Dry Beans

Pests and their Damage to Plants—Bud through Bloom

On this page
  • Charcoal rot
  • Pythium spp.
  • Fusarium root rot
  • Fusarium wilt
  • Nematodes
  • Alfalfa mosaic virus
  • Bean yellow mosaic virus
  • Bean common mosaic virus
  • Armyworms
  • Loopers
  • Saltmarsh caterpillar
  • Cucumber beetles
  • Leafminers
  • Aphids
  • Common bacterial blight
  • Spider mites
  • Leafhoppers

Collapsed, wilted, dying
Yellowing, mottled, distorted leaves
Leaves with holes
Leaves with mines

Curled leaves
Leaves with spots
Leaves with stippling

Use the photos below to identify damage. Names link to more on identification and management.

Click on photos to enlarge
Collapsed, wilting, stunted, or dying plants

Charcoal rot
Charcoal rot damage
Identification tip: Charcoal-like dust on stem surface.

Pythium spp.
Pythium spp. (blackeyes) damage
Identification tip: Blackeye bean stem tissue dries out, becomes sunken, and turns tan to brown in color when infected.


Fusarium root rot
Fusarium root rot damage
Identification tip: Brick-red lesions of variable size on belowground stems, tap roots; red lesions turn brown; small red flecks under scraped lesion surface.

Fusarium wilt
Fusarium wilt (of blackeyes) damage
Identification tip: Pale green, flaccid leaves turn yellow and drop off; brown discoloration in center of root, stem, and some branches (seen when sliced).

Nematode damage
Identification tip: Wilted and stunted plant has root galls (right) compared to healthy plant (left).

Yellowing, mottled, distorted leaves

Alfalfa mosaic virus
Alfalfa mosaic virus
Identification tip: Yellow leaf mottling.

Bean yellow mosaic virus symptoms
Bean yellow mosaic virus damage
Identification tip: Infected leaves bright yellow to green mosaic, or mottled; leaves distorted, cupped downward, and wrinkled; differs from bean common mosaic virus symptoms, which cause light and dark green mosaic leaf patterns.

Bean common mosaic virus
Bean common mosaic virus
Identification tip: Green-yellow and dark green mosaic pattern on leaves; discoloration usually accompanied by puckering, blistering, distortion, downward curling.

Cowpea leaves showing mosaic pattern and mottling, symptoms of Cucumber Mosaic Virus, Cucumovirus CMV.
cucumber mosaic virus
Identification tip: Symptoms vary considerably from a light-green to dark-green mottle, blisters and vein banding, interveinal yellowing and leaf distortion.

Leaves with holes; skeletonized leaves

Armyworm damage
Armyworm young larva and damage
Identification tip: Newly hatched larva scrapes leaf tissue, "skeletonizing" leaf.

Armyworm damage
Armyworm older larva and damage
Identification tip: Older larva chews large sections of leaves.

photo of looper damage
Loopers damage
Identification tip: Chew holes in mature leaves.

Cucumber beetle
Cucumber beetle adult and damage
Identification tip: Chews holes in leaves.

Saltmarsh caterpillar
Saltmarsh caterpillar young larvae and damage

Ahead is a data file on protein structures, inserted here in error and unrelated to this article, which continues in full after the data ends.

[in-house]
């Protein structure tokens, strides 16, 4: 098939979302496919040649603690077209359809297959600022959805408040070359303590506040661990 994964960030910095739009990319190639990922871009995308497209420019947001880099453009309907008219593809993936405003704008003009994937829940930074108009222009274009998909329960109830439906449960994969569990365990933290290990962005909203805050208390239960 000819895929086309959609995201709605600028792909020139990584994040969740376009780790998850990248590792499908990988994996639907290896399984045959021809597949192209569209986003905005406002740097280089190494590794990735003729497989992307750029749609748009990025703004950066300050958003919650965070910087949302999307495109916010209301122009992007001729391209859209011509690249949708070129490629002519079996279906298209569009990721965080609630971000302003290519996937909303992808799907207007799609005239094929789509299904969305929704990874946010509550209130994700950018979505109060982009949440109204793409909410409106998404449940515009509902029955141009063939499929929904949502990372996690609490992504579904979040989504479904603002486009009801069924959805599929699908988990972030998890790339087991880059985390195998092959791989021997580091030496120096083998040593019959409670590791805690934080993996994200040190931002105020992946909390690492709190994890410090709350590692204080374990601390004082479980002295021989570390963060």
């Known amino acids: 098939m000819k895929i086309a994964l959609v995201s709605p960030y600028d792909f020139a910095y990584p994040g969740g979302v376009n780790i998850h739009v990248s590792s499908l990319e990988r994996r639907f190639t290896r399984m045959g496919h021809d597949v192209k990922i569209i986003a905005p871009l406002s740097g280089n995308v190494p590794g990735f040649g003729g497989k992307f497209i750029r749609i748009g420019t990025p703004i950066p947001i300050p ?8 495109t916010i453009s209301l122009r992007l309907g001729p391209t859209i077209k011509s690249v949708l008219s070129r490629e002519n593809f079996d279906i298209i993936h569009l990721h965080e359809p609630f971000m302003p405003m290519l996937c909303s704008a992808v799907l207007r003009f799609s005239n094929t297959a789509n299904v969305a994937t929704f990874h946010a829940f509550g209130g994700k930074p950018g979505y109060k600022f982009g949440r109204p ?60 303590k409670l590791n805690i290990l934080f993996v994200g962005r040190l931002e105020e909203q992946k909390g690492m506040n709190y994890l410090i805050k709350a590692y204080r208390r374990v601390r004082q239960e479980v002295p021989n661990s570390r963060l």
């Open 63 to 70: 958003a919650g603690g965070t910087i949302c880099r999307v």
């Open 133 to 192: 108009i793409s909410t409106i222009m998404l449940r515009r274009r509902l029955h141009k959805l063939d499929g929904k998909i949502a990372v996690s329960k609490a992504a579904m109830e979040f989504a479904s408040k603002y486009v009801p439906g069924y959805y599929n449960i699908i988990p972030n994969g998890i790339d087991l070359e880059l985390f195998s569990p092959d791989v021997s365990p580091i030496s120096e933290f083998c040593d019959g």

Identification tip: Young larvae feed in groups, chewing holes in leaves. Older larvae (not pictured here) feed individually.
Leaves with mines

Leafminer damage
Leafminer damage
Identification tip: Wavy tan leaf mines in surface of bean leaves.


Curled leaves

Aphid damage
Aphid damage
Identification tip: Curled, sticky, and shiny leaves, sometimes with black sooty mold.

Cowpea aphid
Cowpea aphid adults
Identification tip: Shiny black. Legs and antennae white to pale-yellow with black tips.

Bean aphid damage
Bean aphid adults
Identification tip: Slightly larger than the cowpea aphid; dark olive green to black with light-colored legs.

Foliage damaged by curly top virus.
Curly top
Identification tip: Puckered, wrinkled, dark green leaves with edges curled downward. The internodes become shortened, resulting in stunted plants.

Leaves with spots

Common bacterial blight
Common bacterial blight damage
Identification tip: Irregularly shaped spots bordered by a lemon-yellow ring; as spots enlarge, tissue in center dies and turns brown.

Alfalfa mosaic virus
Alfalfa mosaic virus
Identification tip: Yellow leaf mottling.

Water soaking and necrosis on bean leaves, due to bacterial brown spot caused by Pseudomonas syringae pv. syringae.
Bacterial brown spot
Identification tip: Oval spots with dead tissue in the center surrounded by a narrow zone of light-green tissue. The centers of the spots may fall out resulting in tattered appearance.

Halo blight symptoms on bean leaves.
Halo blight
Identification tip: Small, angular, water-soaked spots on the undersurfaces of leaves turn brown and develop characteristic light green to yellow halo around.

Leaves with stippling

Spider mite damage
Spider mite damage
Identification tip: Very fine white or yellow stippling; fine webbing on leaf undersurface.

Leafhopper damage
Leafhopper damage
Identification tip: White stippling on upper surface of leaves; small white cast skins, tiny dark varnishlike spots on undersurface of lower leaves.

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